regular-article-logo Friday, 21 June 2024

Unemployment rate in India crosses 10 per cent in October, blame on slow post-Covid recovery

CMIE survey pegged the rural unemployment rate at 10.82 per cent in October this year and the urban rate at 8.44 per cent

Basant Kumar Mohanty New Delhi Published 03.11.23, 05:15 AM
Representational image.

Representational image. File Photo

The unemployment rate in the country crossed 10 per cent in October, according to the private survey and research group Centre for Monitoring Indian Economy, with a labour economist attributing the situation to a slow post-Covid recovery.

According to the CMIE, which conducts household surveys in rural and urban areas, the unemployment rate in October was 10.05 per cent, up from 7.09 in September. Last year, the figure for October was 7.8 per cent.


The unemployment rate is the percentage of unemployed people in the workforce (those employed or looking for jobs).

The CMIE survey pegged the rural unemployment rate at 10.82 per cent in October this year and the urban rate at 8.44 per cent. The unemployment rate was around 7-8 per cent in the first six months of 2023-24.

Labour economist Santosh Mehrotra, a visiting professor at the University of Bath in the UK, said the organised sector had shaken off the effects of Covid but the unorganised sector, which provides livelihood to nearly 90 per cent of the country’s workforce, had not.

According to the government’s Periodic Labour Force Survey, the Labour Force Participation Rate (LFPR), the proportion of individuals employed or in search of jobs, increased from 49.8 per cent in 2017-18 to 57.9 per cent in 2022-23.

Mehrotra suggested the increase in the LFPR owed mainly to a rise in those looking for jobs rather than in the employed.

He said that when Covid struck, job creation was already low because of the impact of the demonetisation and the unplanned enforcement of the goods and services tax. Now, after the pandemic played havoc with employment, job creation is yet to rebound.

“We see that the non-farm sector, particularly the micro, small and medium-scale industries, have not returned to their pre-Covid performance,” Mehrotra said.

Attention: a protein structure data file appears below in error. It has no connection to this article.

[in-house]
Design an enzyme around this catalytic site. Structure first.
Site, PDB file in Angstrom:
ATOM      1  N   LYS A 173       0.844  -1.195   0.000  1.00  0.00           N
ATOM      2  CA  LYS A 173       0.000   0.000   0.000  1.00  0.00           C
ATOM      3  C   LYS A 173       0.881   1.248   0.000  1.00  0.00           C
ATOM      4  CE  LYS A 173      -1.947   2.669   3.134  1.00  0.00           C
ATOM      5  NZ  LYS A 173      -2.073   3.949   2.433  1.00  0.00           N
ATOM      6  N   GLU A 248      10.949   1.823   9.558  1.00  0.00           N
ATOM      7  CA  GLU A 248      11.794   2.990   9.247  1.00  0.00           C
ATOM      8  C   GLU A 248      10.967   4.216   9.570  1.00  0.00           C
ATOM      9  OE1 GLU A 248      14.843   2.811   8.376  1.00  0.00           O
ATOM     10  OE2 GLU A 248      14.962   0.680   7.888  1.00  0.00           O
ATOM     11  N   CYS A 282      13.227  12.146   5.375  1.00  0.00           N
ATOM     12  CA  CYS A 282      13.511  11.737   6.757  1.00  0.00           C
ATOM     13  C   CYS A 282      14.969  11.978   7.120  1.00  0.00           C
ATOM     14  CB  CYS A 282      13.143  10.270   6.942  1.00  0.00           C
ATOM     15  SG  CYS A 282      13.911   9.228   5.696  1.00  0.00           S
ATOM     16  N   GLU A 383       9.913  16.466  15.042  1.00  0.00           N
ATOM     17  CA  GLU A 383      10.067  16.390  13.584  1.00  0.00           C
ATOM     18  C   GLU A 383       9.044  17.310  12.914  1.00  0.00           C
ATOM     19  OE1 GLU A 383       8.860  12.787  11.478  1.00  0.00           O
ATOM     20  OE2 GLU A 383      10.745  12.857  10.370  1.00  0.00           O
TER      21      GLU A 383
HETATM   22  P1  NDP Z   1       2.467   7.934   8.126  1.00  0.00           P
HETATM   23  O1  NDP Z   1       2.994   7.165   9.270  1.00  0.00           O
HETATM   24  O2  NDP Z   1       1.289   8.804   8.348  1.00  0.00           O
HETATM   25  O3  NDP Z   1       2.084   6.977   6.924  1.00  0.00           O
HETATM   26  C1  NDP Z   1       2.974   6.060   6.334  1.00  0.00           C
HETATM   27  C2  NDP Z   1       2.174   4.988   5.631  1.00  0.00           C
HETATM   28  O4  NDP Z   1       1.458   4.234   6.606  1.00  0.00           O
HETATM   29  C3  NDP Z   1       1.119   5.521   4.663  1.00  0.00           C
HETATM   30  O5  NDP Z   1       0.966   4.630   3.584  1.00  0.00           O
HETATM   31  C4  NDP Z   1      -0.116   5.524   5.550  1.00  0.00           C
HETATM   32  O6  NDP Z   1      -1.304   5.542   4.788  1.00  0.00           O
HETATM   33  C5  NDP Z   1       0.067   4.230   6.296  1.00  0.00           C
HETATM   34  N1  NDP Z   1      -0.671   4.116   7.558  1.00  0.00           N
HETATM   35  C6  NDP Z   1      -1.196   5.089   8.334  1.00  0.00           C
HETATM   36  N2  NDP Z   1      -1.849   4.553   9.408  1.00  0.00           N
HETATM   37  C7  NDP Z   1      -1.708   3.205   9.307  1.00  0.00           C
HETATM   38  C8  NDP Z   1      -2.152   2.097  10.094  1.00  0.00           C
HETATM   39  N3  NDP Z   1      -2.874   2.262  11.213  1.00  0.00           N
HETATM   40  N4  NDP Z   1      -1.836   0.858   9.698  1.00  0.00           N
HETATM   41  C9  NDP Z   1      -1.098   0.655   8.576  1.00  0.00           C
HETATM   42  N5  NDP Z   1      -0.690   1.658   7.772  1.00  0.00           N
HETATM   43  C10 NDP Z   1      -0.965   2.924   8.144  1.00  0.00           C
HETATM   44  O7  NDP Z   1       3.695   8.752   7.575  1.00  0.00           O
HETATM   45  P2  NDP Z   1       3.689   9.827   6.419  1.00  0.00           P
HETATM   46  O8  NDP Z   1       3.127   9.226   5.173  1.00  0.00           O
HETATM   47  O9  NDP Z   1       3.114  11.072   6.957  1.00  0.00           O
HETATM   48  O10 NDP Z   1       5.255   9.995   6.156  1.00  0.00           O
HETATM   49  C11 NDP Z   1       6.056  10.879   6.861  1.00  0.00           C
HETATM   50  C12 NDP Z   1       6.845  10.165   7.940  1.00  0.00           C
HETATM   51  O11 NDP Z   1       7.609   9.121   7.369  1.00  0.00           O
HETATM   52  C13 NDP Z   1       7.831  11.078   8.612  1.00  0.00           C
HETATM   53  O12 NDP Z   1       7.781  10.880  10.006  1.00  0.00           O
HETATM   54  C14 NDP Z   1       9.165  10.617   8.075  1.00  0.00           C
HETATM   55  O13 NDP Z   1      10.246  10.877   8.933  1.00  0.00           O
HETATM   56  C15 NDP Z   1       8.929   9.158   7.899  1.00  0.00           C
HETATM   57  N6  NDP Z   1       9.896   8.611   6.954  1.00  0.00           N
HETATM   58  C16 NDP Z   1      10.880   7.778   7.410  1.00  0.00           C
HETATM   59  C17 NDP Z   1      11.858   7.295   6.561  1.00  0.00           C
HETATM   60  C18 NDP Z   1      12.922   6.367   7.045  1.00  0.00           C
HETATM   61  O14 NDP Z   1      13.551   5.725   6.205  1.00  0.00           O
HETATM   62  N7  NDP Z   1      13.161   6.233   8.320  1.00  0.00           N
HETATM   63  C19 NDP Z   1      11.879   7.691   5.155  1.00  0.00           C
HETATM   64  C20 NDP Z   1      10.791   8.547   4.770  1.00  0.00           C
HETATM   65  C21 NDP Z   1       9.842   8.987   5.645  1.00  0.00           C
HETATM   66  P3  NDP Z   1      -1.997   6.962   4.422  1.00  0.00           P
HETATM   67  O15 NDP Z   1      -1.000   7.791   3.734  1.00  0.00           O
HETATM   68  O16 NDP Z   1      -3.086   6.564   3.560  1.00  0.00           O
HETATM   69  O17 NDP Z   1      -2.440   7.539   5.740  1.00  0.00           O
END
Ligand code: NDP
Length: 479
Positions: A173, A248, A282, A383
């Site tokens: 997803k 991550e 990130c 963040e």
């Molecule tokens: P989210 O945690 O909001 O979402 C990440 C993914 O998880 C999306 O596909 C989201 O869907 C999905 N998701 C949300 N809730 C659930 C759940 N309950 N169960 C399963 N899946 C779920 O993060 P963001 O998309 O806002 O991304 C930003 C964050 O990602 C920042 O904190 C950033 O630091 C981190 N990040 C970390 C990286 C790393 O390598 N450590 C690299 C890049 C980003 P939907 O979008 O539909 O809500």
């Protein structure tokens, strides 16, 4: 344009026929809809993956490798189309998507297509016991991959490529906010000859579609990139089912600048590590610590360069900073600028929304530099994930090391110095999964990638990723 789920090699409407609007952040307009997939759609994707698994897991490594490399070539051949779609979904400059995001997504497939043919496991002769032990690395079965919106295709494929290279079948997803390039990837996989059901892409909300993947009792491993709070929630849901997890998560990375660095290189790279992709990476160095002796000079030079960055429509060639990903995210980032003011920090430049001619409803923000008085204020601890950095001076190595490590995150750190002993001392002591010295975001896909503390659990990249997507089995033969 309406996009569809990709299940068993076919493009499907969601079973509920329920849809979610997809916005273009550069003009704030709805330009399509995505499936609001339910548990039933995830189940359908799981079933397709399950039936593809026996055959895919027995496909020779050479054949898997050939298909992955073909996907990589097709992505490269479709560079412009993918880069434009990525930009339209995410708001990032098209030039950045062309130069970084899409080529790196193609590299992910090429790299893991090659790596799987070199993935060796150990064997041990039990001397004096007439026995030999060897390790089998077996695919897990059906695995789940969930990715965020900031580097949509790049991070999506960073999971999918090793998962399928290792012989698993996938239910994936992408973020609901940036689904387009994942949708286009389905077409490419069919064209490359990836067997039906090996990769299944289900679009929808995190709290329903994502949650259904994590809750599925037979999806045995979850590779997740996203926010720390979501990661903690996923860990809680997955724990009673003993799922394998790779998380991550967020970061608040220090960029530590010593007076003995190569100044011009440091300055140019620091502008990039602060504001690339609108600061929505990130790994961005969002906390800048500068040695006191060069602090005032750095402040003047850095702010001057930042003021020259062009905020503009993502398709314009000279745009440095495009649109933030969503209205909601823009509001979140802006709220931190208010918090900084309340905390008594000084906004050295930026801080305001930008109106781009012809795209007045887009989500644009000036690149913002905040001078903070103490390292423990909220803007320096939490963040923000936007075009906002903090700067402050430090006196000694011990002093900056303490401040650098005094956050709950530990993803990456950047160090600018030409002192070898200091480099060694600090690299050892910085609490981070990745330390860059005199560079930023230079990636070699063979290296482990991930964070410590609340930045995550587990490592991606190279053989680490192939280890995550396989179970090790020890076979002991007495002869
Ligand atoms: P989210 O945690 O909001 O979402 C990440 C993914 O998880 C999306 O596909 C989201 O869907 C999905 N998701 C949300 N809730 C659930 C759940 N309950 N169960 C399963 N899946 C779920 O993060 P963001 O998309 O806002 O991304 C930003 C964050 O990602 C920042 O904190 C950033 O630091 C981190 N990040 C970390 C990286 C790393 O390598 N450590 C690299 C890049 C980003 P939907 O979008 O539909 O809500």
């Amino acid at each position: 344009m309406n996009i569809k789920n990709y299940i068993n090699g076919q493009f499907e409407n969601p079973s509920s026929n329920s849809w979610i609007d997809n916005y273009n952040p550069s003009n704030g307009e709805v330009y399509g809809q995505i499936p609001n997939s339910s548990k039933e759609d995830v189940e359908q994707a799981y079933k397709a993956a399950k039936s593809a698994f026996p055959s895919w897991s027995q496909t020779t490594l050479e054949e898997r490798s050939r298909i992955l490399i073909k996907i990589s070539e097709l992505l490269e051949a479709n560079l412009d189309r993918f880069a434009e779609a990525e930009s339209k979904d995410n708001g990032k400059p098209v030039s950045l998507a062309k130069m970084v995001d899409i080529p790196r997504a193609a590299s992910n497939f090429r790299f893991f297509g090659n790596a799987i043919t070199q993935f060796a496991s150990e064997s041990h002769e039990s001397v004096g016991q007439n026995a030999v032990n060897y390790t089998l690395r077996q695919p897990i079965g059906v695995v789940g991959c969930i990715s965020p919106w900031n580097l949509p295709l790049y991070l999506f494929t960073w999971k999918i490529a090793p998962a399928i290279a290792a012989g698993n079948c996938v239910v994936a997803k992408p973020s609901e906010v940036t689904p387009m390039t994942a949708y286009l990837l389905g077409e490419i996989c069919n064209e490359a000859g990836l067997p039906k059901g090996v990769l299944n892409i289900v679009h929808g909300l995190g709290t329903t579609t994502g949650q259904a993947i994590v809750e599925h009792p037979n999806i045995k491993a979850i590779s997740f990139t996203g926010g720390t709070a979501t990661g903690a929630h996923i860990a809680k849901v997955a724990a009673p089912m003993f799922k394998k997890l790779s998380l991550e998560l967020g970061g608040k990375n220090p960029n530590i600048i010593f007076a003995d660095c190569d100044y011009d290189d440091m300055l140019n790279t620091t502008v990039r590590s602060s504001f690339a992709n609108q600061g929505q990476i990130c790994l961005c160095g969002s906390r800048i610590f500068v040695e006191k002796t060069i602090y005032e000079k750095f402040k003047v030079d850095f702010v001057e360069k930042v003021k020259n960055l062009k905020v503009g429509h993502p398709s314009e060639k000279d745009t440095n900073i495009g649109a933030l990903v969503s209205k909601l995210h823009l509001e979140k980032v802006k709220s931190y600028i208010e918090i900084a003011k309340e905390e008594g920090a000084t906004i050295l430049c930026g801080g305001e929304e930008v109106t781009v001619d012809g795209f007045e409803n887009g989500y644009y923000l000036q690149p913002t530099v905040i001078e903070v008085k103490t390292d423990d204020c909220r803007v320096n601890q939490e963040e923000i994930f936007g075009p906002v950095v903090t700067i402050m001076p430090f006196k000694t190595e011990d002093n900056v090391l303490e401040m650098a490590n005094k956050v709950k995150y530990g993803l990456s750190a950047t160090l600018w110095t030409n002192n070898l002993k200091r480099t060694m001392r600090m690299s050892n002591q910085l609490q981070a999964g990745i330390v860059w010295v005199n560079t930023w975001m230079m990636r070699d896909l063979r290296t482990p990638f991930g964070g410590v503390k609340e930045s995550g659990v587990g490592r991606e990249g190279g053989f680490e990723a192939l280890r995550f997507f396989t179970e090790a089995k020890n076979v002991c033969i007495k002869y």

“There has been an increase in the LFPR (job seekers) but (even) the unorganised sector is unable to absorb them. Hence, the youth unemployment situation is still very grim.”

Mehrotra added that private investment was not picking up despite encouragement from the government.

“(That) private investment is stagnant (is shown by the fact that) manufacturing capacity utilisation remains at 75 per cent, which means that the demand for consumption is low. This has prolonged the revival of the non-farm sector,” he said.

A small glass-making firm in the Dwarka area of Delhi bore out Mehrotra’s claim. Its proprietor, who did not wish to be quoted, said the firm supplies glass to contractors who build small apartments on Delhi’s outskirts.

“The demand has fallen. Our supply (to contractors) has dropped by 50 per cent compared to the time before Covid,” he told this newspaper.

“Payments now are not quite regular. I used to receive the payments within one month before Covid; now I have to wait at least six months. The sale of flats has dipped.”

Tapojay Mukherjee, a member of the NREGA Sangharsh Morcha, a civil society group campaigning for the proper implementation of the national job scheme MGNREGA, said a lack of jobs was causing large-scale distress migration from Bengal’s districts.

“In Bengal, the situation is worse because the MGNREGA is not being implemented (because the Centre has frozen funds alleging irregularities),” he said.

“The scope for regular jobs remains limited, and farm work has come to an end (for this season). People, including educated youths, are migrating to other states in search of jobs.”

Follow us on: